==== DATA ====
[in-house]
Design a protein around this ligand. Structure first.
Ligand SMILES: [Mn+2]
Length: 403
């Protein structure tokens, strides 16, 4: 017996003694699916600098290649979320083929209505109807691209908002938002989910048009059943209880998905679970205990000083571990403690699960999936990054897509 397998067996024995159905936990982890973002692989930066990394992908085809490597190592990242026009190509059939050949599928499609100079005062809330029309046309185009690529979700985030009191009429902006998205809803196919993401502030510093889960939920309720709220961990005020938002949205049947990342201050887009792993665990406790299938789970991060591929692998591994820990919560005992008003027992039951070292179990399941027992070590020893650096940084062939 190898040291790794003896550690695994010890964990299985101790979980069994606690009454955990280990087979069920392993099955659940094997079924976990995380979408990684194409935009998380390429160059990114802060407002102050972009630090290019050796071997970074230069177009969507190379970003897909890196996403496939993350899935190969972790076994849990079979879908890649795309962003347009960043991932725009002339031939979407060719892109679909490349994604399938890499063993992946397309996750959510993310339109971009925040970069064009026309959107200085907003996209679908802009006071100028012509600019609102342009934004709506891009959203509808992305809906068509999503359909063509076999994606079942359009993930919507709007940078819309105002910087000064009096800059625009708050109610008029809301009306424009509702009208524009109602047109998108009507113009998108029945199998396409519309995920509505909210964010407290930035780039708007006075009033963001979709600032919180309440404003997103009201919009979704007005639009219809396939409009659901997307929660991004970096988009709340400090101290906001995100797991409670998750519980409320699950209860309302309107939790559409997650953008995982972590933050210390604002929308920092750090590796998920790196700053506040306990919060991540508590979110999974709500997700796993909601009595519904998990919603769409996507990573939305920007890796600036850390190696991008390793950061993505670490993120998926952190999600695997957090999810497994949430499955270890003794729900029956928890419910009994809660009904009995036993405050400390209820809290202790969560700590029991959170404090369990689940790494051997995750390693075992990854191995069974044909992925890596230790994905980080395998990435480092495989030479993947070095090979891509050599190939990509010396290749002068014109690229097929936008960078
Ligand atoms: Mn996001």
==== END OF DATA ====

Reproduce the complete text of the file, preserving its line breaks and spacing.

[in-house]
Design a protein around this ligand. Structure first.
Ligand SMILES: [Mn+2]
Length: 403
């Protein structure tokens, strides 16, 4: 017996003694699916600098290649979320083929209505109807691209908002938002989910048009059943209880998905679970205990000083571990403690699960999936990054897509 397998067996024995159905936990982890973002692989930066990394992908085809490597190592990242026009190509059939050949599928499609100079005062809330029309046309185009690529979700985030009191009429902006998205809803196919993401502030510093889960939920309720709220961990005020938002949205049947990342201050887009792993665990406790299938789970991060591929692998591994820990919560005992008003027992039951070292179990399941027992070590020893650096940084062939 190898040291790794003896550690695994010890964990299985101790979980069994606690009454955990280990087979069920392993099955659940094997079924976990995380979408990684194409935009998380390429160059990114802060407002102050972009630090290019050796071997970074230069177009969507190379970003897909890196996403496939993350899935190969972790076994849990079979879908890649795309962003347009960043991932725009002339031939979407060719892109679909490349994604399938890499063993992946397309996750959510993310339109971009925040970069064009026309959107200085907003996209679908802009006071100028012509600019609102342009934004709506891009959203509808992305809906068509999503359909063509076999994606079942359009993930919507709007940078819309105002910087000064009096800059625009708050109610008029809301009306424009509702009208524009109602047109998108009507113009998108029945199998396409519309995920509505909210964010407290930035780039708007006075009033963001979709600032919180309440404003997103009201919009979704007005639009219809396939409009659901997307929660991004970096988009709340400090101290906001995100797991409670998750519980409320699950209860309302309107939790559409997650953008995982972590933050210390604002929308920092750090590796998920790196700053506040306990919060991540508590979110999974709500997700796993909601009595519904998990919603769409996507990573939305920007890796600036850390190696991008390793950061993505670490993120998926952190999600695997957090999810497994949430499955270890003794729900029956928890419910009994809660009904009995036993405050400390209820809290202790969560700590029991959170404090369990689940790494051997995750390693075992990854191995069974044909992925890596230790994905980080395998990435480092495989030479993947070095090979891509050599190939990509010396290749002068014109690229097929936008960078
Ligand atoms: Mn996001």